I’m writing this post from (at the moment) sunny Winnipeg where I am attending the Canadian Association of Law Libraries annual conference. But I’m not going to talk about that today. Instead, what I want to focus on is Simon Canick‘s* recent article, “Infusing Technology Skills into the Law School Curriculum.”  I’ve been mentioning this article to many of my CALL colleagues and I think you can imagine why the title caught my attention.
When you look at the average law or university student you might find it odd that a question about technology skills is raised at all. Most are continuously tethered to the network through their smart phones. Many prefer laptops, rather than pen and paper, to record lecture notes in the classroom. After all, these folks have been brought up on technology; this is the so-called “digital native” generation.
So, if you ask a professor to consider adding technology skills as a component of their teaching, it’s not surprising to learn many might feel this unnecessary given their students apparent facility with their gadgets. However, Canick notes, these “abilities are oriented towards their personal, social and educational needs, and may not be well-matched with professional skills needed in the practice of law,” and he adds that “their understanding of technology is shallow.”
Another factor, raised in Canick’s opening remarks, is that “legal education has never considered technological proficiency to be a key outcome.” So why include it now? I find that someone might even pose this question fascinating. At a time when technological change and innovation are so heavily influencing the practice of law, the practice of teaching law has somehow managed to ignore the potential effects technology might have on the legal profession.
“Technology may be transforming legal practice, but that transformation has hardly changed the way law professors teach. Many are change-averse, and use the methods that their own professors employed a generation before. Doctrinal courses often feature lectures, Socratic dialogue, and final exams. In many classes, technology (to the extent it is used at all) appears in the form of PowerPoint presentations and syllabi posted to TWEN or some other course management system.”
He suggests that the following key technologies would do well to find their way into the law school curriculum:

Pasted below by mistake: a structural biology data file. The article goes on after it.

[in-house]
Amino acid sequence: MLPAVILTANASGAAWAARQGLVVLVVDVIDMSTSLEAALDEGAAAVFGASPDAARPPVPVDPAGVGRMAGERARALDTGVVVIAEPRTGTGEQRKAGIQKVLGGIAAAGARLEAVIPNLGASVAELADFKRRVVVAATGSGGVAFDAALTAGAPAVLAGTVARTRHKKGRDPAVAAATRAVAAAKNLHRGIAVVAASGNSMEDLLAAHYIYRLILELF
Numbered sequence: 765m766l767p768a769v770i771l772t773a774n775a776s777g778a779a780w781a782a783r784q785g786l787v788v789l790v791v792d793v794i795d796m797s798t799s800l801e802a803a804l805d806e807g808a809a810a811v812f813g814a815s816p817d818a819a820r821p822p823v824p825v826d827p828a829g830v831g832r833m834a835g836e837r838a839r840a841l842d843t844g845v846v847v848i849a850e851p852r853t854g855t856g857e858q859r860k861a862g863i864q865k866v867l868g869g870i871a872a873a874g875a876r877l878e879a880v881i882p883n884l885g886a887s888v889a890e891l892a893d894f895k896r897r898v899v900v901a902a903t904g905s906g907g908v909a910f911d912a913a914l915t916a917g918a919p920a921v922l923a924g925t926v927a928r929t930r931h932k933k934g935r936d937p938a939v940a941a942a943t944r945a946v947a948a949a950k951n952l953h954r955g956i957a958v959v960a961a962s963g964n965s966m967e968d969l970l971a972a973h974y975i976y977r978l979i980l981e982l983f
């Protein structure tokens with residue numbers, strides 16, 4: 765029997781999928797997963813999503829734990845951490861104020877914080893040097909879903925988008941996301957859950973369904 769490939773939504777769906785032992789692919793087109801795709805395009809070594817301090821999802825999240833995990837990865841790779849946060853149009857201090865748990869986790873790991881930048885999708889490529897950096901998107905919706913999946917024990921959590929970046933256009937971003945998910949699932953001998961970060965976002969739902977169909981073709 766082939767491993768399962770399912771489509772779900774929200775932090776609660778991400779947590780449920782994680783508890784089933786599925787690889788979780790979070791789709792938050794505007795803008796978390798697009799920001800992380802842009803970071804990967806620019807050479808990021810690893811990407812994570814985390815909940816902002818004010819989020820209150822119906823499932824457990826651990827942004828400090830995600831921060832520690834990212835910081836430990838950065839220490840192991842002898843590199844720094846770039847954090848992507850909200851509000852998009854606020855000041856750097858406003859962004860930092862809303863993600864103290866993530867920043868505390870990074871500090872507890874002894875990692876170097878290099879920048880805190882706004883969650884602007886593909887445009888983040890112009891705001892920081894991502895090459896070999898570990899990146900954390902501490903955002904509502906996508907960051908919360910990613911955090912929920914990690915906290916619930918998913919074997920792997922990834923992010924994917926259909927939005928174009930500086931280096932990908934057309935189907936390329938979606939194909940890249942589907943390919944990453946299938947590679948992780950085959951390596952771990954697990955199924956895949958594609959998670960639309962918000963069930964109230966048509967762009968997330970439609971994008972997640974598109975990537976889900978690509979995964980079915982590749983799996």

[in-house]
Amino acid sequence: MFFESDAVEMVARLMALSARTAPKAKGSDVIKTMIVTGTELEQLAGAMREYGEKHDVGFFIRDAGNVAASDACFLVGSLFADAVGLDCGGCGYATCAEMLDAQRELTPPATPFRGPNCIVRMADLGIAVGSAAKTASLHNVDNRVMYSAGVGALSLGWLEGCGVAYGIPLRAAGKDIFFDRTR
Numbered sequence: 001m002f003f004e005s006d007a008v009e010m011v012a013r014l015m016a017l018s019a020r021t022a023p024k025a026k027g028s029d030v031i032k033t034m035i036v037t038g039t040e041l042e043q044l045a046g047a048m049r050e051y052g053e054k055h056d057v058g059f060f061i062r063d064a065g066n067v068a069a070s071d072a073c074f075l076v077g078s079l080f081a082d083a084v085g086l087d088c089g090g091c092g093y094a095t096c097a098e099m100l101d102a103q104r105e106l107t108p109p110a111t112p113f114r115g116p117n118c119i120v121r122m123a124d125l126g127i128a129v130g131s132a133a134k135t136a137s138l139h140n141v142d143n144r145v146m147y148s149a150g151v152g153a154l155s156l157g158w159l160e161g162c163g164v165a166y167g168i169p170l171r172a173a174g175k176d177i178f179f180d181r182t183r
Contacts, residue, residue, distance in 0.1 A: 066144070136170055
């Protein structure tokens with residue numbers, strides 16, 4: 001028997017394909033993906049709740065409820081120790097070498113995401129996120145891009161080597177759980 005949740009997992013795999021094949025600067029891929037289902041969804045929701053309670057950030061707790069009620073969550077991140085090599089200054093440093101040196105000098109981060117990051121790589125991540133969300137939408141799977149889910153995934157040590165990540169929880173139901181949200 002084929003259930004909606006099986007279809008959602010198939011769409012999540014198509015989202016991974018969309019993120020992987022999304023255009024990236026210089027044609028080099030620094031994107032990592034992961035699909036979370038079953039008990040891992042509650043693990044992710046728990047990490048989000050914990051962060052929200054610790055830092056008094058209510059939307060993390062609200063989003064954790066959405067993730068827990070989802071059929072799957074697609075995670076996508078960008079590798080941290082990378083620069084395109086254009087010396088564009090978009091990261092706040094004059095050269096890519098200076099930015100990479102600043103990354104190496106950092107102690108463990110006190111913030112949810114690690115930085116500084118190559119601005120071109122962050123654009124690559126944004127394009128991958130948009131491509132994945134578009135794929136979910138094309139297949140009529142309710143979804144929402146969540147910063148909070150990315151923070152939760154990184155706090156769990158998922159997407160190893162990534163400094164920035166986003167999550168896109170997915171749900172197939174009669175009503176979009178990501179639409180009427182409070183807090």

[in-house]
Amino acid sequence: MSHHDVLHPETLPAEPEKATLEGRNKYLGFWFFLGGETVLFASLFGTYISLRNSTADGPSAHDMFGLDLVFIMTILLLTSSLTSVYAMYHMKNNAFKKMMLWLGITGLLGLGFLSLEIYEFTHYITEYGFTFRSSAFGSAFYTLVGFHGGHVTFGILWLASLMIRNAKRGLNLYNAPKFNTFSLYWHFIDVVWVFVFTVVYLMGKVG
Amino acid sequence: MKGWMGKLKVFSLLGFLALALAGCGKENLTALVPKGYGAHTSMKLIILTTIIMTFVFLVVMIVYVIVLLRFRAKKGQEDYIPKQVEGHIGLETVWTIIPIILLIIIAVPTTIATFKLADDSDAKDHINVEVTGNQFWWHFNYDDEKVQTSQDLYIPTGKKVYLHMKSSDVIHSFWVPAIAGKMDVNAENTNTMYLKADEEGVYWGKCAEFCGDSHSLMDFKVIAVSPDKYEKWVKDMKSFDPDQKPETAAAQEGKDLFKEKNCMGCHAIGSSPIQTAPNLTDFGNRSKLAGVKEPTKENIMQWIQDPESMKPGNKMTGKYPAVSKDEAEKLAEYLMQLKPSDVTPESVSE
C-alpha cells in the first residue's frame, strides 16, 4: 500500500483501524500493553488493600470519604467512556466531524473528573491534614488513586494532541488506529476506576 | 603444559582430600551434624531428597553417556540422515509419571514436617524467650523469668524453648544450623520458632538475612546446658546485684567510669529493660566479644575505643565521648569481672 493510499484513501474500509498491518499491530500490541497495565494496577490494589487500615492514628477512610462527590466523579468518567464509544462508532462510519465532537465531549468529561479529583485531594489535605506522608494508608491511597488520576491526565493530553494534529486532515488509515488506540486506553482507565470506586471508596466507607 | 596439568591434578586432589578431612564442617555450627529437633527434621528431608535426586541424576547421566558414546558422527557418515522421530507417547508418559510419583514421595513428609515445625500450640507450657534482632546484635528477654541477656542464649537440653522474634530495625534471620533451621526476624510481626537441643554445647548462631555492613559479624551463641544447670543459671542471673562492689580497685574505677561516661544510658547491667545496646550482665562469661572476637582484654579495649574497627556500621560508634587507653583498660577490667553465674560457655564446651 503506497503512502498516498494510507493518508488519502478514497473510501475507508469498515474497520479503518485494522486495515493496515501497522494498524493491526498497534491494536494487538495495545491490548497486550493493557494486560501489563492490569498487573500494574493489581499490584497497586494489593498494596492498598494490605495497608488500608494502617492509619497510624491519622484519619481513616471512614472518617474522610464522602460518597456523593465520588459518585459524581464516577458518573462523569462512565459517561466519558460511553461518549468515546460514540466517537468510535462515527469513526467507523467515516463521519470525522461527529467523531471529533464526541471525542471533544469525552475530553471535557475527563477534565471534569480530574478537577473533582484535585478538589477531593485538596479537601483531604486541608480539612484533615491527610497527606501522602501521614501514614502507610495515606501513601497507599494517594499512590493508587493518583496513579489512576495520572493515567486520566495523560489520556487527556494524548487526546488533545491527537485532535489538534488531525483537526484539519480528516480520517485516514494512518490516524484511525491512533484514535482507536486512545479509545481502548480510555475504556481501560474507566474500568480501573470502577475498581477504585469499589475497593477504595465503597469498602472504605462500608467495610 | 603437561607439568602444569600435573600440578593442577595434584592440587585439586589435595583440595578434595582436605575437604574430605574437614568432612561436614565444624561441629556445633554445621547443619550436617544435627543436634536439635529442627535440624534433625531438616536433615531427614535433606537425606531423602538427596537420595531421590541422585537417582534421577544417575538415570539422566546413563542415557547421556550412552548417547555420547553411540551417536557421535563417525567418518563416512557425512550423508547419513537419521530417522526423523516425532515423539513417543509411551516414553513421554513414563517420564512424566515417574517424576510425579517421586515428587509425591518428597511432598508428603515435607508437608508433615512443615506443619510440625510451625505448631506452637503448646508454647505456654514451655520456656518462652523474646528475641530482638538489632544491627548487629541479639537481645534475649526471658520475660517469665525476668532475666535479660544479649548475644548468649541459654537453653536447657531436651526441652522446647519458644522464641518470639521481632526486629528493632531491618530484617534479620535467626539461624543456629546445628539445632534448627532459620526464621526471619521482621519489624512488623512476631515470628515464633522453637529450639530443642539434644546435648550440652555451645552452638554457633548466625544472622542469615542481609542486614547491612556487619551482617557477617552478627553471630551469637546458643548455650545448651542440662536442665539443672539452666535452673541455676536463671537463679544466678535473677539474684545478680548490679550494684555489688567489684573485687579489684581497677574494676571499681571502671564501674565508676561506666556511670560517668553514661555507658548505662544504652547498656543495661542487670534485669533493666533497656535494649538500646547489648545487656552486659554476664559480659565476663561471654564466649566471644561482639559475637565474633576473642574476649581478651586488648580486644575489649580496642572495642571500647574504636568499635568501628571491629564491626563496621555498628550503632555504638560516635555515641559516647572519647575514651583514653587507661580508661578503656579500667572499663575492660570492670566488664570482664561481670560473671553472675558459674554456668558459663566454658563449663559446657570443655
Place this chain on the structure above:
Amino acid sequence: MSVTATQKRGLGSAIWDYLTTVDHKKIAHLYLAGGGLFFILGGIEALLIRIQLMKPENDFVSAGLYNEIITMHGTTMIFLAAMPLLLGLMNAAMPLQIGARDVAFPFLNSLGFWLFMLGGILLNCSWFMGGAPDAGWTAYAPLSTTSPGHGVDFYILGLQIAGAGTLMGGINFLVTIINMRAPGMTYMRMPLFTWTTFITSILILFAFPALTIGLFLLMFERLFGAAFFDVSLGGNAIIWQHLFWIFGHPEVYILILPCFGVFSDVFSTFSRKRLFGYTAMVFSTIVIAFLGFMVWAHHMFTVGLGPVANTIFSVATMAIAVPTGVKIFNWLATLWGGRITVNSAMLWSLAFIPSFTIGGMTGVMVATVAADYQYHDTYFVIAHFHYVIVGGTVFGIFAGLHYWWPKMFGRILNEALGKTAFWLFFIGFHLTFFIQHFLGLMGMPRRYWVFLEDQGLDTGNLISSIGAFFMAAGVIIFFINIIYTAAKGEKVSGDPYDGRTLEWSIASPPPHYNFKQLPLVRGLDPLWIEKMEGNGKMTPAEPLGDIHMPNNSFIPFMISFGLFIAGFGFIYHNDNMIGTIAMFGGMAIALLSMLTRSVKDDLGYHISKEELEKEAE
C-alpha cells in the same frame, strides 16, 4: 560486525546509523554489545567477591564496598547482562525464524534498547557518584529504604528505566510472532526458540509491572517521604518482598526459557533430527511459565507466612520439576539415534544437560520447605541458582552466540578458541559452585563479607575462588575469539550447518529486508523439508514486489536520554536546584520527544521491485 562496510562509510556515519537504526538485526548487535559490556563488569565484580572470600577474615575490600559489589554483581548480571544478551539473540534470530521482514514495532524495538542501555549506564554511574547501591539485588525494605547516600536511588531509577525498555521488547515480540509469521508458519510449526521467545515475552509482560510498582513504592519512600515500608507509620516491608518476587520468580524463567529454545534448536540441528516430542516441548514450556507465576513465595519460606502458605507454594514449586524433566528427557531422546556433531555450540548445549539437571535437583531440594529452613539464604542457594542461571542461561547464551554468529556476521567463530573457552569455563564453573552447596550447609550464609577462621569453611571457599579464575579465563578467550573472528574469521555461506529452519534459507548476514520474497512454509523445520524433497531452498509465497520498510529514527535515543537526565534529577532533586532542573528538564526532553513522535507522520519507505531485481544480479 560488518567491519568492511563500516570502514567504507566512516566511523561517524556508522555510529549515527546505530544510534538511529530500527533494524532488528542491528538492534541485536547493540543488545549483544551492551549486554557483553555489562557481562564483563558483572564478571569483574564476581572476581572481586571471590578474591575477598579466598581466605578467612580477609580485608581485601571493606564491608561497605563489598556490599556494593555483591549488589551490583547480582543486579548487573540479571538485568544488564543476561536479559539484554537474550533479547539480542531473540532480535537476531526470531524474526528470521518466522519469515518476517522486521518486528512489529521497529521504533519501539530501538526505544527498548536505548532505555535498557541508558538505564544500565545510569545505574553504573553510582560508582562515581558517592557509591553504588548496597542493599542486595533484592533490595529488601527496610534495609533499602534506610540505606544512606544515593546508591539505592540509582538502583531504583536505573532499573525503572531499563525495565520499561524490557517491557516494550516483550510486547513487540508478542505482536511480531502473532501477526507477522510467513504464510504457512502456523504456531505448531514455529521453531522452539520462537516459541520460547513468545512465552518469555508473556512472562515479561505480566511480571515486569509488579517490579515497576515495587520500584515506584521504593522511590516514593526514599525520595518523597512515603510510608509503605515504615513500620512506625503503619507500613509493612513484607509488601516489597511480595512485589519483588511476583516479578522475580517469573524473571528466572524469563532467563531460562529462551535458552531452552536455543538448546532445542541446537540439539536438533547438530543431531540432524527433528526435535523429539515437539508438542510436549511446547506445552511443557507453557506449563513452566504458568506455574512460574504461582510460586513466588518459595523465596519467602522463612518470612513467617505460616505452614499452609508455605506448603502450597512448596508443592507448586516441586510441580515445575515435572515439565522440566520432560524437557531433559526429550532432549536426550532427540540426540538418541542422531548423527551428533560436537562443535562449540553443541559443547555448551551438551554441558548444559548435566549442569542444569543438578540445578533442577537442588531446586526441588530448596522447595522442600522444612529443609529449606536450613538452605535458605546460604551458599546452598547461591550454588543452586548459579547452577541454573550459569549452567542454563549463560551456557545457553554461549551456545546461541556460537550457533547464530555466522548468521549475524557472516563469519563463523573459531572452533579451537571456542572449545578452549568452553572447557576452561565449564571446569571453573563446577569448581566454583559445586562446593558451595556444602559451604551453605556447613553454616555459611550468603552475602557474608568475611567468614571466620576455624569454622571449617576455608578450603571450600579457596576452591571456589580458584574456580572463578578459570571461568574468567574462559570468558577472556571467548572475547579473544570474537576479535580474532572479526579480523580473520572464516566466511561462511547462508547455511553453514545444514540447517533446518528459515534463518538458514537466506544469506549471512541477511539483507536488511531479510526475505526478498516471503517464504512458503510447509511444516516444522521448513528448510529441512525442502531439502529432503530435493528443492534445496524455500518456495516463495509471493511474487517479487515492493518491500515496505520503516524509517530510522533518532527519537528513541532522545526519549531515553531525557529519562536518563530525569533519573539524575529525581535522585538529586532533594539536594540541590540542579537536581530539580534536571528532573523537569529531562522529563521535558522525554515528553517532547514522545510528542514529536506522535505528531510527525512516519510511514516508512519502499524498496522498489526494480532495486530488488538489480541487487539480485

- Presentation Skills
- Communication and Collaboration
- Marketing/Web Design/Social Media
- Legal Research
- Document/Case/Practice Management
For each of these topics he provides valuable context and suggestions for incorporating these technological competencies into the curriculum suggesting that this will “afford students an opportunity to practice with tools of the trade.”
Canick‘s concluding remarks in many ways reinforce comments that Mitch Kowalski made in this morning’s plenary talk.
“For lawyers, effective use of technology means new clients, stronger work product, and more efficient use of time; for law students it means better job prospects and a smoother transition into practice. Truly, technology is transforming the practice of law, so much so that the ABA now views understanding the benefits and risks of technology as an attorney competency. Under these circumstances, law schools should train students to understand, select, and use key technologies.”
Simon Canick has provided another well-reasoned and highly readable article**, that includes considerable research detail to support his observations and recommendations. Anyone involved with legal education will certainly benefit from this article as will anyone practising law in the fast moving and technological environment that we find ourselves negotiating.
* Associate Dean, Information Resources and Associate Professor of Law at William Mitchell College of Law
** See also, for example, his “Library Services for the Self-Interested Law School: Enhancing the Visibility of Faculty Scholarship”